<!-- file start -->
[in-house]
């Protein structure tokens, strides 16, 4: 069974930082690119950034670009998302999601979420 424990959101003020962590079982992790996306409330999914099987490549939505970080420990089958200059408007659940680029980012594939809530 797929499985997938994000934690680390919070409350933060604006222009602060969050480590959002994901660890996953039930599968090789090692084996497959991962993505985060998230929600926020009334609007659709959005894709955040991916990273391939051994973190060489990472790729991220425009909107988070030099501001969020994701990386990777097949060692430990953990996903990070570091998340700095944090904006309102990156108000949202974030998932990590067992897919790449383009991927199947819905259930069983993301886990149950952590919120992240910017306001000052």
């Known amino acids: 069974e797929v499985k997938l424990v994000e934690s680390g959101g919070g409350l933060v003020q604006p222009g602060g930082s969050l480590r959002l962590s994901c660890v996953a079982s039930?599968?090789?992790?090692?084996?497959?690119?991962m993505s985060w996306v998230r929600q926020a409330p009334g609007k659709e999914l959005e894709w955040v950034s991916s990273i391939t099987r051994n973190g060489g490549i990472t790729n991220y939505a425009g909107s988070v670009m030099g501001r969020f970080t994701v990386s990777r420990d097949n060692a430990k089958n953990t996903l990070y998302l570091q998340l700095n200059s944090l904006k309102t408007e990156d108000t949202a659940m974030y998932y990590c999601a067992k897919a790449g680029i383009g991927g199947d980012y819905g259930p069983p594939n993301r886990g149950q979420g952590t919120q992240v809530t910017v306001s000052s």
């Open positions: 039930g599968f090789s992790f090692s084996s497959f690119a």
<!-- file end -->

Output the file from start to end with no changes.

[in-house]
């Protein structure tokens, strides 16, 4: 069974930082690119950034670009998302999601979420 424990959101003020962590079982992790996306409330999914099987490549939505970080420990089958200059408007659940680029980012594939809530 797929499985997938994000934690680390919070409350933060604006222009602060969050480590959002994901660890996953039930599968090789090692084996497959991962993505985060998230929600926020009334609007659709959005894709955040991916990273391939051994973190060489990472790729991220425009909107988070030099501001969020994701990386990777097949060692430990953990996903990070570091998340700095944090904006309102990156108000949202974030998932990590067992897919790449383009991927199947819905259930069983993301886990149950952590919120992240910017306001000052």
């Known amino acids: 069974e797929v499985k997938l424990v994000e934690s680390g959101g919070g409350l933060v003020q604006p222009g602060g930082s969050l480590r959002l962590s994901c660890v996953a079982s039930?599968?090789?992790?090692?084996?497959?690119?991962m993505s985060w996306v998230r929600q926020a409330p009334g609007k659709e999914l959005e894709w955040v950034s991916s990273i391939t099987r051994n973190g060489g490549i990472t790729n991220y939505a425009g909107s988070v670009m030099g501001r969020f970080t994701v990386s990777r420990d097949n060692a430990k089958n953990t996903l990070y998302l570091q998340l700095n200059s944090l904006k309102t408007e990156d108000t949202a659940m974030y998932y990590c999601a067992k897919a790449g680029i383009g991927g199947d980012y819905g259930p069983p594939n993301r886990g149950q979420g952590t919120q992240v809530t910017v306001s000052s």
């Open positions: 039930g599968f090789s992790f090692s084996s497959f690119a």